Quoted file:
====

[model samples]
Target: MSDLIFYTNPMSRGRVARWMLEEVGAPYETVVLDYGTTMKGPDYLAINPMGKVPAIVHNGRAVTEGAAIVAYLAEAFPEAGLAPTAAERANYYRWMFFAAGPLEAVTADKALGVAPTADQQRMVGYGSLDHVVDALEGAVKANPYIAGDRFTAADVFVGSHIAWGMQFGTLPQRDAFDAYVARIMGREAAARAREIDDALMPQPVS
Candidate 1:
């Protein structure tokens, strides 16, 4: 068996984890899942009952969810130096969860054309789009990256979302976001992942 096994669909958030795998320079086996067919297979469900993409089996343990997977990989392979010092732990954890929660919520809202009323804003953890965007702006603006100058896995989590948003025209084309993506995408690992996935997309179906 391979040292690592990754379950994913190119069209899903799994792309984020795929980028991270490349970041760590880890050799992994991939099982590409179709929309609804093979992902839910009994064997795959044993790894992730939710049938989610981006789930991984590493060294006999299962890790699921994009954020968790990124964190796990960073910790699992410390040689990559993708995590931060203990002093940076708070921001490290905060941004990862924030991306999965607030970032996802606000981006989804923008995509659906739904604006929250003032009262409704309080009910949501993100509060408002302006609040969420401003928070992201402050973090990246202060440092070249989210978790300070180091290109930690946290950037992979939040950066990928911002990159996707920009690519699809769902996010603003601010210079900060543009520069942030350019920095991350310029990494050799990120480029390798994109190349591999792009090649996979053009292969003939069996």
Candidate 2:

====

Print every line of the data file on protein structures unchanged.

[model samples]
Target: MSDLIFYTNPMSRGRVARWMLEEVGAPYETVVLDYGTTMKGPDYLAINPMGKVPAIVHNGRAVTEGAAIVAYLAEAFPEAGLAPTAAERANYYRWMFFAAGPLEAVTADKALGVAPTADQQRMVGYGSLDHVVDALEGAVKANPYIAGDRFTAADVFVGSHIAWGMQFGTLPQRDAFDAYVARIMGREAAARAREIDDALMPQPVS
Candidate 1:
């Protein structure tokens, strides 16, 4: 068996984890899942009952969810130096969860054309789009990256979302976001992942 096994669909958030795998320079086996067919297979469900993409089996343990997977990989392979010092732990954890929660919520809202009323804003953890965007702006603006100058896995989590948003025209084309993506995408690992996935997309179906 391979040292690592990754379950994913190119069209899903799994792309984020795929980028991270490349970041760590880890050799992994991939099982590409179709929309609804093979992902839910009994064997795959044993790894992730939710049938989610981006789930991984590493060294006999299962890790699921994009954020968790990124964190796990960073910790699992410390040689990559993708995590931060203990002093940076708070921001490290905060941004990862924030991306999965607030970032996802606000981006989804923008995509659906739904604006929250003032009262409704309080009910949501993100509060408002302006609040969420401003928070992201402050973090990246202060440092070249989210978790300070180091290109930690946290950037992979939040950066990928911002990159996707920009690519699809769902996010603003601010210079900060543009520069942030350019920095991350310029990494050799990120480029390798994109190349591999792009090649996979053009292969003939069996």
Candidate 2: